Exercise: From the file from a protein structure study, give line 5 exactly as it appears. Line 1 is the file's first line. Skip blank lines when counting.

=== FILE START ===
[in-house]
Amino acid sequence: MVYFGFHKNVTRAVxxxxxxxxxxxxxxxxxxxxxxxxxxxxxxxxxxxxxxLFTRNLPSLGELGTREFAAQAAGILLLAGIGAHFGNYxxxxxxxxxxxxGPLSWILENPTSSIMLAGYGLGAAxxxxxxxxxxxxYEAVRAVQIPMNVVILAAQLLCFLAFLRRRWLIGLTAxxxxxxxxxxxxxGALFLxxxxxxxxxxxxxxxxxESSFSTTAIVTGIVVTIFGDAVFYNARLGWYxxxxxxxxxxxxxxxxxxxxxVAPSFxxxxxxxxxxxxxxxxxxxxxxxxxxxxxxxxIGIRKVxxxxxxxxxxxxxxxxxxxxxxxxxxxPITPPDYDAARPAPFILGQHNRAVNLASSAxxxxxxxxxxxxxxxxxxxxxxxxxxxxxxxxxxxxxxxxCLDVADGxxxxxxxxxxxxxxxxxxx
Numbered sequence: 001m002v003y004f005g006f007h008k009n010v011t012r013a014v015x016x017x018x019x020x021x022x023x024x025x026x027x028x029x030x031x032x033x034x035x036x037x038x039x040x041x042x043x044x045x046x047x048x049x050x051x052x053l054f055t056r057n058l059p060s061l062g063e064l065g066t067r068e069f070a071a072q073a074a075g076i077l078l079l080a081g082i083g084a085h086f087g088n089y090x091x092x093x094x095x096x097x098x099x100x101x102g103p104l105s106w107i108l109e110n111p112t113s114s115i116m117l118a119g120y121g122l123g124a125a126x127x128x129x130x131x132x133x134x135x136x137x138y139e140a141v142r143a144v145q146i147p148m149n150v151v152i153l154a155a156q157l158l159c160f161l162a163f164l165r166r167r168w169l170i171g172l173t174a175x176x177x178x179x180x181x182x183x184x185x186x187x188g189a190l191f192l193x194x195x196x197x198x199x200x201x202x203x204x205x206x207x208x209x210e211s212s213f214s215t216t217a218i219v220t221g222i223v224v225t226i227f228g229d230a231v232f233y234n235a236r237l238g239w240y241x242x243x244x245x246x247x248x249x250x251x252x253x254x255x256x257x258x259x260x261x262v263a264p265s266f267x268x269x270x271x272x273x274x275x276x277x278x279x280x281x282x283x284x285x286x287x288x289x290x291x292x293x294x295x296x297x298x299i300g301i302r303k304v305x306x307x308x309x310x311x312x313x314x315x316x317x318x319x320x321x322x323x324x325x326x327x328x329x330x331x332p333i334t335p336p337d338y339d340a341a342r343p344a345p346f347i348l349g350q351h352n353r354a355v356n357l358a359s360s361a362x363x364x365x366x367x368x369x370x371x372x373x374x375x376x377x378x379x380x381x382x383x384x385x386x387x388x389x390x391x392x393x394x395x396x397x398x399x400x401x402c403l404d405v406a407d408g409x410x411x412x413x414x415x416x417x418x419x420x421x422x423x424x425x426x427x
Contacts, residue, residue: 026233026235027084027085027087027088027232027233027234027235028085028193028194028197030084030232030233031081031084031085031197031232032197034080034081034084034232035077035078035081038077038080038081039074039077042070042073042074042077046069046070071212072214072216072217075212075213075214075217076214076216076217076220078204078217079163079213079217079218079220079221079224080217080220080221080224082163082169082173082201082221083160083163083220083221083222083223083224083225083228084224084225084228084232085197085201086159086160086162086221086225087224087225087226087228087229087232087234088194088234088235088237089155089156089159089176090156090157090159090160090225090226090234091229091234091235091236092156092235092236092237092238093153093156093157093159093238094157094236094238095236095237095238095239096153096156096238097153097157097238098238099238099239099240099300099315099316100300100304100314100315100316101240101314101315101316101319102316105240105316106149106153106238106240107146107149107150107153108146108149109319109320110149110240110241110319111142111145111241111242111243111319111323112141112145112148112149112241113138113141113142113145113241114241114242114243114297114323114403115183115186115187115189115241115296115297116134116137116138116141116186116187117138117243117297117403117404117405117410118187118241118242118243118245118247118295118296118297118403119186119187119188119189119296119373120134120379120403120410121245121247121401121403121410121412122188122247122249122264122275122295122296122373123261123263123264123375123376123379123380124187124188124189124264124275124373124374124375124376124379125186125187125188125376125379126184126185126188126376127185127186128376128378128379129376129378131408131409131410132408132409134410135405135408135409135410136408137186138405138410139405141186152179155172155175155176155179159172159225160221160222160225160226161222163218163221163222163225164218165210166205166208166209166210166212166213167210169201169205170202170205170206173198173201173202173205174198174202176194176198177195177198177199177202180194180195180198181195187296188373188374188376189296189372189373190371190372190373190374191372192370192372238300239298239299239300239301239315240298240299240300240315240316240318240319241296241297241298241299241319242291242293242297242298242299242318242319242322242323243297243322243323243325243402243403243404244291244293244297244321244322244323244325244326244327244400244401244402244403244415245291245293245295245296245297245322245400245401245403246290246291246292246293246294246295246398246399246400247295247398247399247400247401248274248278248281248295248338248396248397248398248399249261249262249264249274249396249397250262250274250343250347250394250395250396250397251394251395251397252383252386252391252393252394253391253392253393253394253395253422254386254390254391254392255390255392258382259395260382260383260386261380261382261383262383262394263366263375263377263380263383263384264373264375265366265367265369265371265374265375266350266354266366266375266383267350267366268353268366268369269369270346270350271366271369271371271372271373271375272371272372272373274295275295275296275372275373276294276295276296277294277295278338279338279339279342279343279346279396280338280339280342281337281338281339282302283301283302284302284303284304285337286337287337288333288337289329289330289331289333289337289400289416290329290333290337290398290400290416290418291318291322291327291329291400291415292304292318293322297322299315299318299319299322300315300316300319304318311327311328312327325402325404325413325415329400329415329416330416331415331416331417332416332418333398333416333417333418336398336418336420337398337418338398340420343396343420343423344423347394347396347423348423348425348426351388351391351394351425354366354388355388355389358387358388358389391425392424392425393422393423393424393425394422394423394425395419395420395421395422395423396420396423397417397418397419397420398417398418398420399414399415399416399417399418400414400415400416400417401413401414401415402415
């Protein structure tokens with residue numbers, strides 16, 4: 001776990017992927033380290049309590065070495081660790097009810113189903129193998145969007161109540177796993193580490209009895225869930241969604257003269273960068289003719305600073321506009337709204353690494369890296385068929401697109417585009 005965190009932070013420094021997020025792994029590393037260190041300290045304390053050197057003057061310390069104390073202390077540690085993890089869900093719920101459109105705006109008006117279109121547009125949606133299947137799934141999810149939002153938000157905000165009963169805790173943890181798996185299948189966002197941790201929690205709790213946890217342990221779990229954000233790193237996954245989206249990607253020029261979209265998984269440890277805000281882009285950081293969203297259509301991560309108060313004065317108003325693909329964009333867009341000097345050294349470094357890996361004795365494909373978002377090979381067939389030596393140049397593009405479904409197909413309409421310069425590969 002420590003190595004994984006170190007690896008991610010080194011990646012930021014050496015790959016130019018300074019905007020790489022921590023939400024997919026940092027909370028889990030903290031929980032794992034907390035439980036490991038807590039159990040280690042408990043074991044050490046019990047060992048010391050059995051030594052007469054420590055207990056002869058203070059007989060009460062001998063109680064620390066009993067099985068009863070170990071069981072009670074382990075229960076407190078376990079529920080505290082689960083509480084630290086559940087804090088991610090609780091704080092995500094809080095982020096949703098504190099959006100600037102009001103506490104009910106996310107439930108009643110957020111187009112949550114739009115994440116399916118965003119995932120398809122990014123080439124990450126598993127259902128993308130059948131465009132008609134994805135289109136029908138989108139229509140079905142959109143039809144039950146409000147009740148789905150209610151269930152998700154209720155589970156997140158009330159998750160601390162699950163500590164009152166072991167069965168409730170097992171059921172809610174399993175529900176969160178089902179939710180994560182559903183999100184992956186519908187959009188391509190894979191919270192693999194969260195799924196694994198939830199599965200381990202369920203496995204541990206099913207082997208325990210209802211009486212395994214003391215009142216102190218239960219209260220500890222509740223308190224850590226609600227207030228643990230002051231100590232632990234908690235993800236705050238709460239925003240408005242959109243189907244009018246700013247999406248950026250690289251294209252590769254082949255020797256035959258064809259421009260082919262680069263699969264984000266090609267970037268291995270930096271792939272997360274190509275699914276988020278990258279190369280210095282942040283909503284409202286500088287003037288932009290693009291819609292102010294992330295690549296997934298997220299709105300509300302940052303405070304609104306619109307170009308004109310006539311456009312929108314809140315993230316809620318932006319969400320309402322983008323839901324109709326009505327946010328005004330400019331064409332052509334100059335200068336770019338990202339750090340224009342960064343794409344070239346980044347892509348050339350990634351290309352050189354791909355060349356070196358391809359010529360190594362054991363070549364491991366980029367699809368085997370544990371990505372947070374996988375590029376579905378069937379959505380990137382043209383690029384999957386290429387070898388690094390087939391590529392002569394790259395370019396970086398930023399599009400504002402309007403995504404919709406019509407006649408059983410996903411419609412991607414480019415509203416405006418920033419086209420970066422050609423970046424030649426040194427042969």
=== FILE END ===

């Protein structure tokens with residue numbers, strides 16, 4: 001776990017992927033380290049309590065070495081660790097009810113189903129193998145969007161109540177796993193580490209009895225869930241969604257003269273960068289003719305600073321506009337709204353690494369890296385068929401697109417585009 005965190009932070013420094021997020025792994029590393037260190041300290045304390053050197057003057061310390069104390073202390077540690085993890089869900093719920101459109105705006109008006117279109121547009125949606133299947137799934141999810149939002153938000157905000165009963169805790173943890181798996185299948189966002197941790201929690205709790213946890217342990221779990229954000233790193237996954245989206249990607253020029261979209265998984269440890277805000281882009285950081293969203297259509301991560309108060313004065317108003325693909329964009333867009341000097345050294349470094357890996361004795365494909373978002377090979381067939389030596393140049397593009405479904409197909413309409421310069425590969 002420590003190595004994984006170190007690896008991610010080194011990646012930021014050496015790959016130019018300074019905007020790489022921590023939400024997919026940092027909370028889990030903290031929980032794992034907390035439980036490991038807590039159990040280690042408990043074991044050490046019990047060992048010391050059995051030594052007469054420590055207990056002869058203070059007989060009460062001998063109680064620390066009993067099985068009863070170990071069981072009670074382990075229960076407190078376990079529920080505290082689960083509480084630290086559940087804090088991610090609780091704080092995500094809080095982020096949703098504190099959006100600037102009001103506490104009910106996310107439930108009643110957020111187009112949550114739009115994440116399916118965003119995932120398809122990014123080439124990450126598993127259902128993308130059948131465009132008609134994805135289109136029908138989108139229509140079905142959109143039809144039950146409000147009740148789905150209610151269930152998700154209720155589970156997140158009330159998750160601390162699950163500590164009152166072991167069965168409730170097992171059921172809610174399993175529900176969160178089902179939710180994560182559903183999100184992956186519908187959009188391509190894979191919270192693999194969260195799924196694994198939830199599965200381990202369920203496995204541990206099913207082997208325990210209802211009486212395994214003391215009142216102190218239960219209260220500890222509740223308190224850590226609600227207030228643990230002051231100590232632990234908690235993800236705050238709460239925003240408005242959109243189907244009018246700013247999406248950026250690289251294209252590769254082949255020797256035959258064809259421009260082919262680069263699969264984000266090609267970037268291995270930096271792939272997360274190509275699914276988020278990258279190369280210095282942040283909503284409202286500088287003037288932009290693009291819609292102010294992330295690549296997934298997220299709105300509300302940052303405070304609104306619109307170009308004109310006539311456009312929108314809140315993230316809620318932006319969400320309402322983008323839901324109709326009505327946010328005004330400019331064409332052509334100059335200068336770019338990202339750090340224009342960064343794409344070239346980044347892509348050339350990634351290309352050189354791909355060349356070196358391809359010529360190594362054991363070549364491991366980029367699809368085997370544990371990505372947070374996988375590029376579905378069937379959505380990137382043209383690029384999957386290429387070898388690094390087939391590529392002569394790259395370019396970086398930023399599009400504002402309007403995504404919709406019509407006649408059983410996903411419609412991607414480019415509203416405006418920033419086209420970066422050609423970046424030649426040194427042969």